Skip to main content

Keeping up

6 replies [Last post]
jeffmutonho
Offline
Joined: 2004-11-18

How do you keep up with all the new java technologies
that are out so fast?I tried buying books , but end up not even reading half the material because there's too much to learn and so little time...

Reply viewing options

Select your preferred way to display the comments and click "Save settings" to activate your changes.
ewin
Offline
Joined: 2005-07-15

Don't try to keep up with everything. Instead, ignore stuff as hard as you can. Sun comes up and did come up with stuff that dies and died faster than it is or was thrown at developers.

Just for entertainment, check the conference reports of the last five years of JavaOne. 80% to 90% of the stuff tooted as "the next big thing" is now dead. Flatline, didn't make it out of infancy. And almost all of this stuff didn't deserve to survive.

Of course it is not only Sun coming up with one trial balloon after the other. It is paramount to the Java ecosystem.

There are two big disadvantages coming with this behavior. Of course it is impossible to follow everything. And, maybe even worth, existing things are badly maintained, because resources are used to invent the next stupid thing.

jeffmutonho
Offline
Joined: 2004-11-18

Point taken , :)...Focus , focus and focus on one thing at a time

:)

gerrit_jvv
Offline
Joined: 2005-09-26

I gues it also depends on the job you have, what requirements are needed for you by your employer. e.g Currently I'm working on a project where I program Java MIDP, J2SE, J2EE(servlets, and JDBC, JMAPI), HTML, XSL(APACHE XALAN), XML(XERCES), (inhouse XML MIDP parser) and yes it gets to much at some time. Online tutorials are a must(normally searching through google), and only learning which parts are most applicable to what you need, time is not on your side. One thing is shure a good programmer is measured in design and coding quality not how many APIs he knows. You can always study an API, but good programming comes with time....

I guess all of the stuff comes from sun when they realise some gap in the industry that they do not yet cover, but support have'nt always been great, e.g the Java Sound, Speach, and Video APIs

greeneyed
Offline
Joined: 2003-06-10

As it has been mentioned, keeping up with everything is impossible, so it's probably better to focus on one side while keeping a light eye on the rest of the Java technologies.

I'm not a big fun of books, mainly because they take too long to translate them into spanish and getting them in english, I have no problem with that, is too expensive. I basically get all the information from the Net.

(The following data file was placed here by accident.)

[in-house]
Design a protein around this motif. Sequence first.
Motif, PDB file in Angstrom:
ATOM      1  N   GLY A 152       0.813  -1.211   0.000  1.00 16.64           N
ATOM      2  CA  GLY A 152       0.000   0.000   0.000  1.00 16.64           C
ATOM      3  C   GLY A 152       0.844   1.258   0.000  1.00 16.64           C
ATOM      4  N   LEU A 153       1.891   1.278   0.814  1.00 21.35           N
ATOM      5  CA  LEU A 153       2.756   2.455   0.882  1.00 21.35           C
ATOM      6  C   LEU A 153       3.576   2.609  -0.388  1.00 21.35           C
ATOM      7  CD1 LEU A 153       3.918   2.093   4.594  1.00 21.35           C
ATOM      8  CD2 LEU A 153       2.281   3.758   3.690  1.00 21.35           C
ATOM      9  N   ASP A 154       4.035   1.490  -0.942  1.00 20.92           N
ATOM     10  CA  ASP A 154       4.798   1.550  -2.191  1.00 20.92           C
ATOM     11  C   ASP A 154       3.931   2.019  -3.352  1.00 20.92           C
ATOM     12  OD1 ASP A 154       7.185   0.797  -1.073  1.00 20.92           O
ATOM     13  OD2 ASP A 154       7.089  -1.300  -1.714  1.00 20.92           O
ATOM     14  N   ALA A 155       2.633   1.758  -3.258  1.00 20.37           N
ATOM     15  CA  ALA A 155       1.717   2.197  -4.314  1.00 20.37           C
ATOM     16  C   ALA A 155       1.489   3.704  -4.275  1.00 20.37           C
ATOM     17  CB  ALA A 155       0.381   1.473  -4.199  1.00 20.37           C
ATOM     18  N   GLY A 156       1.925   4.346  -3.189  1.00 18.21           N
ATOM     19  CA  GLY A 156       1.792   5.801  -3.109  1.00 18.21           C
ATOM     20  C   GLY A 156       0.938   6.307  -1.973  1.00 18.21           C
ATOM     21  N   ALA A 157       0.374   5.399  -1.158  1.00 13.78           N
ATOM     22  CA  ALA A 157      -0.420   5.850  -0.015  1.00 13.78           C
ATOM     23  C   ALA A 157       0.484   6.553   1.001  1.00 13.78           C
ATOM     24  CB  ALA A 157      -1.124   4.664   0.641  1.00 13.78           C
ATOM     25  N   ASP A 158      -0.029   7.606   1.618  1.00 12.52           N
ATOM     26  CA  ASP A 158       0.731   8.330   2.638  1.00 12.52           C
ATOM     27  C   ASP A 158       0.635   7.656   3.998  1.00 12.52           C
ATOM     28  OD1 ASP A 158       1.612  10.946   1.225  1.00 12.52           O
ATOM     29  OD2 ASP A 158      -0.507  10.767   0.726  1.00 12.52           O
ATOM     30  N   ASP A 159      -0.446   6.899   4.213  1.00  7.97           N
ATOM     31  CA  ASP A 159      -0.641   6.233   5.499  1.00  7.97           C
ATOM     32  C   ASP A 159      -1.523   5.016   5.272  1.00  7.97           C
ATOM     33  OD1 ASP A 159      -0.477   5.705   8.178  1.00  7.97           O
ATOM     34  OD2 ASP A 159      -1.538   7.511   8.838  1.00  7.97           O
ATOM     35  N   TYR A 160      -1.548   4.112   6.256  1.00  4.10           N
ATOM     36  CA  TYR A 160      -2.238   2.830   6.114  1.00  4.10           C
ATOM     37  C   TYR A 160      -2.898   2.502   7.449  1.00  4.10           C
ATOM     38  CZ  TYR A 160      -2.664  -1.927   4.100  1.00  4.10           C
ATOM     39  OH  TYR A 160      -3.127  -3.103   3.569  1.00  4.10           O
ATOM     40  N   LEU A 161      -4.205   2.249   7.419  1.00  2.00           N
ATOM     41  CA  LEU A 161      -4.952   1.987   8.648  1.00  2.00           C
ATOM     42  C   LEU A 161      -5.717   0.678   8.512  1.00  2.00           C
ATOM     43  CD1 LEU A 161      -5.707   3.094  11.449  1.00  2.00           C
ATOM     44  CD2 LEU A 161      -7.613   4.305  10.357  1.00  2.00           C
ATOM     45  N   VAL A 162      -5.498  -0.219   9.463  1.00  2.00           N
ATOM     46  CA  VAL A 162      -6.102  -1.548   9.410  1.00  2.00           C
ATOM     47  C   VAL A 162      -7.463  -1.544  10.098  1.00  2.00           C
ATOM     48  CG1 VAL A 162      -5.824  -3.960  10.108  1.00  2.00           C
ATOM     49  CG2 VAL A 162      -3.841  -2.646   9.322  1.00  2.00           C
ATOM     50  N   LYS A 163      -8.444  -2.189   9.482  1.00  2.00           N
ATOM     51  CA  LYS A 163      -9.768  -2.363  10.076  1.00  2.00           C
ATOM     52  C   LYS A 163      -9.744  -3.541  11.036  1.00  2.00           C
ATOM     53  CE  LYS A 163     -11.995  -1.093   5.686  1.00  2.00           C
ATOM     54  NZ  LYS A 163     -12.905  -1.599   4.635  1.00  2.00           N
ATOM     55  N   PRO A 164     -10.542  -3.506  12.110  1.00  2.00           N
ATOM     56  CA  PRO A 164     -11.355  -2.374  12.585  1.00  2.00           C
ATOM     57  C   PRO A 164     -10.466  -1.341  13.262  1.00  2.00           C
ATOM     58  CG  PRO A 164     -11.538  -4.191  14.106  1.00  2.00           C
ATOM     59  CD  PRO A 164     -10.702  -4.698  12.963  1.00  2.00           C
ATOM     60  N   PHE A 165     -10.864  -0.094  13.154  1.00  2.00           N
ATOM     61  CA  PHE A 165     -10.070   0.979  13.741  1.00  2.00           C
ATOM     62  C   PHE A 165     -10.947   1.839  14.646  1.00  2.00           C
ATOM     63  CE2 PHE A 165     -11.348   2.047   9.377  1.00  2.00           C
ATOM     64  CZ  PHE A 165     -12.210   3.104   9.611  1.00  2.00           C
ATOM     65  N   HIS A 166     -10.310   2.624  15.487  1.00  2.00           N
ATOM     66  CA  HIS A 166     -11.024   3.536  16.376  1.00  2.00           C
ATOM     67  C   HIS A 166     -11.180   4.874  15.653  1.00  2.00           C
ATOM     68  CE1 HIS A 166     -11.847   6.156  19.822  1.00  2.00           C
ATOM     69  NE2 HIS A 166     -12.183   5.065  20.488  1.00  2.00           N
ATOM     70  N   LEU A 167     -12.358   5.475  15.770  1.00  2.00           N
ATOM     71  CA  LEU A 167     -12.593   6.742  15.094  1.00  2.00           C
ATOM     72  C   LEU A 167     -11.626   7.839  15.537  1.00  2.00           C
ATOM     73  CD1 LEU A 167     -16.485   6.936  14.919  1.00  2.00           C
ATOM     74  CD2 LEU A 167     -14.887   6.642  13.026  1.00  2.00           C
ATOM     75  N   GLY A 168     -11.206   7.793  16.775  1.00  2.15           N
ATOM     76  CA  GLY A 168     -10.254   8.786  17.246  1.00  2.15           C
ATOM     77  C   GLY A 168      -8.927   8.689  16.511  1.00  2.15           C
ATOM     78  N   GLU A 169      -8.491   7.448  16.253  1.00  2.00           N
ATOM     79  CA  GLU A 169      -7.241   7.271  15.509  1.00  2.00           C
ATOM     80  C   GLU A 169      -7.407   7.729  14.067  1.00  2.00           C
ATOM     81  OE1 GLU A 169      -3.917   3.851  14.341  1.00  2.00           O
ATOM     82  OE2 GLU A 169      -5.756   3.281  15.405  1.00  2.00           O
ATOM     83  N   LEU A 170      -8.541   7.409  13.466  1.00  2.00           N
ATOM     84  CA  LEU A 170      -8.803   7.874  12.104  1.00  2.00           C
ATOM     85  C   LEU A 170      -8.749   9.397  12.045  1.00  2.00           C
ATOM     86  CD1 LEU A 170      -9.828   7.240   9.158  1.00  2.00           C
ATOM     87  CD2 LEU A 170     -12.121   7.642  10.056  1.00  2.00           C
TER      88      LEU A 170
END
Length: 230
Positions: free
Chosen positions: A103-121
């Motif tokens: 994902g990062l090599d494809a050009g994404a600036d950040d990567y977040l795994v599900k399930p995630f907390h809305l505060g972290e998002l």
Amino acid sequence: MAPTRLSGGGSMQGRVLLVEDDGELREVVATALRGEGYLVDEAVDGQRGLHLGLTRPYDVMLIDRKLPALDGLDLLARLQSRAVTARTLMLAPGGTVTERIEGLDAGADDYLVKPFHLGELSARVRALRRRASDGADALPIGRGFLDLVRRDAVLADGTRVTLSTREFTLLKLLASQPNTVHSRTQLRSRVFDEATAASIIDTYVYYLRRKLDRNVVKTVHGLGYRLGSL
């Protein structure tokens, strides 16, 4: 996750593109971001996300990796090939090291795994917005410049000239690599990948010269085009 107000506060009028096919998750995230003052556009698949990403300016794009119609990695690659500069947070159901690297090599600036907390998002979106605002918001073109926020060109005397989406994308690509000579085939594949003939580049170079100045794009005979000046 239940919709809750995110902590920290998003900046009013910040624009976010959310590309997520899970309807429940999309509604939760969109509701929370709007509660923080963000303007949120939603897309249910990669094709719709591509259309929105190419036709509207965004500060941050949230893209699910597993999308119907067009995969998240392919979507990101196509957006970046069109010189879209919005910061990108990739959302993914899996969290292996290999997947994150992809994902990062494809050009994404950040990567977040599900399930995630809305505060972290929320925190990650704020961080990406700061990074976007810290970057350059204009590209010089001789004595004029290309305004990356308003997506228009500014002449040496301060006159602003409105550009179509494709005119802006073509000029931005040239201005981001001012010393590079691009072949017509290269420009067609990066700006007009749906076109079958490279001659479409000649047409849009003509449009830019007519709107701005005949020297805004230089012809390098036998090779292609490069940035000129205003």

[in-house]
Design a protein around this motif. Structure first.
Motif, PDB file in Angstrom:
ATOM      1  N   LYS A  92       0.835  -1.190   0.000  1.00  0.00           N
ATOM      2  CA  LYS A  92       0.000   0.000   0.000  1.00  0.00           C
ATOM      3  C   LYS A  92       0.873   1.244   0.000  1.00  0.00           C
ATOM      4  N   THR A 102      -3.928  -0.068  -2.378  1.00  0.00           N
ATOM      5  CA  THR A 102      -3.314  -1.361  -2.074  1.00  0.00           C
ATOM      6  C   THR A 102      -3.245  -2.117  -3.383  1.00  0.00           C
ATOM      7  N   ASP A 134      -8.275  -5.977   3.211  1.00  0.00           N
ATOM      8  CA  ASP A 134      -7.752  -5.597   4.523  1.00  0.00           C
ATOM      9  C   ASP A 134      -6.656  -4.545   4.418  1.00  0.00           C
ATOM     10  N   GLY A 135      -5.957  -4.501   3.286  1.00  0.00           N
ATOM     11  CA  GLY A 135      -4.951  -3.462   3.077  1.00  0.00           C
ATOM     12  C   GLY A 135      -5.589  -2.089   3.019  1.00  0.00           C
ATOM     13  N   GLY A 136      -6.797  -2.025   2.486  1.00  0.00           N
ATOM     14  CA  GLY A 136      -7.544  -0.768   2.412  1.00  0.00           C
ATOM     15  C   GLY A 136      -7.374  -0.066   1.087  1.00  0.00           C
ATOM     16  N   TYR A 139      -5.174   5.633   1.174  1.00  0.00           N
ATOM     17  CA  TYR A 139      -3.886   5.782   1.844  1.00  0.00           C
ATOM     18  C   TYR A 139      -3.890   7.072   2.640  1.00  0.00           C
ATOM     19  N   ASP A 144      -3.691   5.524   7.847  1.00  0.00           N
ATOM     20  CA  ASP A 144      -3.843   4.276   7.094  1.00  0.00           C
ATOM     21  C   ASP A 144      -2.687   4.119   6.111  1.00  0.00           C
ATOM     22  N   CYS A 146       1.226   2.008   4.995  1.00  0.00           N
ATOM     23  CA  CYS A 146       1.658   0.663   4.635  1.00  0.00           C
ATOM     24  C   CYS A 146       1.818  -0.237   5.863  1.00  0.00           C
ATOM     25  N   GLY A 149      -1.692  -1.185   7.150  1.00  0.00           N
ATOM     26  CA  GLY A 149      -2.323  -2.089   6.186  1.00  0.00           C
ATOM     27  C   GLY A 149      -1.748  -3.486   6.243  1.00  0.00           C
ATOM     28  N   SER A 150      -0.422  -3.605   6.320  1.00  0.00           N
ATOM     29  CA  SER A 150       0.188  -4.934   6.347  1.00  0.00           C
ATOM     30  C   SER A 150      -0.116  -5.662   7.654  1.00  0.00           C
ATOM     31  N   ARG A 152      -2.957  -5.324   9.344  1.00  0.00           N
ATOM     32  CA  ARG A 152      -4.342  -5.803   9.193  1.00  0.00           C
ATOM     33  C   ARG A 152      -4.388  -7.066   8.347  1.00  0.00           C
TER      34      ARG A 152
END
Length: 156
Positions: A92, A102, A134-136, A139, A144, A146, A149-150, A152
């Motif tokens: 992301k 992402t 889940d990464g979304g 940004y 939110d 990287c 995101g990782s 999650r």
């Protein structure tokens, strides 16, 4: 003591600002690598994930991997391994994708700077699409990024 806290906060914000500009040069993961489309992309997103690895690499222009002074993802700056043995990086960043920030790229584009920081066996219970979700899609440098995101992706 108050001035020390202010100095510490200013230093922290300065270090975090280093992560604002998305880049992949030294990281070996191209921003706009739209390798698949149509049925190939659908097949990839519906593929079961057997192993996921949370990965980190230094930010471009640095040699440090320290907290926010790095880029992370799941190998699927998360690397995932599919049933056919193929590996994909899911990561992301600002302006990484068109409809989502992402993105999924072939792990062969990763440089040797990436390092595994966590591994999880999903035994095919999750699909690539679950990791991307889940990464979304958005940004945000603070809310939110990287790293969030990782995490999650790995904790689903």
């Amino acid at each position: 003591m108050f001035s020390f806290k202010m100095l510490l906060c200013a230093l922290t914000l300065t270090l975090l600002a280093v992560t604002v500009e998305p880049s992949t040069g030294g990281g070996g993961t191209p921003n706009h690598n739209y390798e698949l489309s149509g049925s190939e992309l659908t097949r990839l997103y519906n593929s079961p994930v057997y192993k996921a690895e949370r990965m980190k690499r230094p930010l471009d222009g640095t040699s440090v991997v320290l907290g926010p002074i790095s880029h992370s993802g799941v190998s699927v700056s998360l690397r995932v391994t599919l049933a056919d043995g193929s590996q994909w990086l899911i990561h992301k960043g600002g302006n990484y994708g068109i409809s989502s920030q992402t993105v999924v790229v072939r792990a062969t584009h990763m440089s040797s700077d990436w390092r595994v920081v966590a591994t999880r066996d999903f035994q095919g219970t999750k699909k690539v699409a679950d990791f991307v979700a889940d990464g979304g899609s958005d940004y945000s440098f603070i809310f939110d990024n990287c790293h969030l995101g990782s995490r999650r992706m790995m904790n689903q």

What I do is try to get a light overview of more or less everything, trying simply to understand what it could be used for and such, and then whenever I happen to work on a project that might use something like that, then I invest the time to learn it thoroughly.

I also have a couple of pet projects that are simple enough that I can rewrite them every now and then, but they are complex enough that I can really experience the good and bad of the new things. I've used them in the past, for example, to try EJB2.1, Hibernate, JMS, Quartz... Then when I need to use it in real life, I already have some limited experience with the new things.

So as the previous poster said, nothing replaces coding something by yourself, and as of lately it's quite important as the hype for "the latest thing" would drive you mad going from one thing to another ;).

Of course, working at a university where I can take time to learn new things and test them helps, as when you are pressed to have things on time, you don't usuallly have the luxury of trying things that might or might not be useful.

Cheers!

ericssonanders
Offline
Joined: 2005-09-23

Keeping up is quite impossible I believe. It's not possible to be an expert on all technologies, or even be good on all technologies. The best one can do to become a better programmer is to program. There is no short-cuts I believe.

I am in the beginning of the learning curve and also feel overstimulated by all the information. Books ARE valuable. There is a feeling of substance in books and they are much more easy to read in bed. :-)

1) Find one or two communities where you can ask questions (and get answers as well!)
2) Get a couple of good reference books and find the APIs on the net as well.
3) If you find tutorials about something on the net. Take the time to read them. It may take some time but you will learn stuff.
4) Code, code, code! :D

(Courses would be the preferred learning method but is not often possible.)

/Anders
Stockholm

jeffmutonho
Offline
Joined: 2004-11-18

I guess the problem is wanting to know everything...or rather getting excited by everything and that comes with the feeling of being overwhelmed , not enough time, doing tutorials half way and never reading the book collection that one might have :(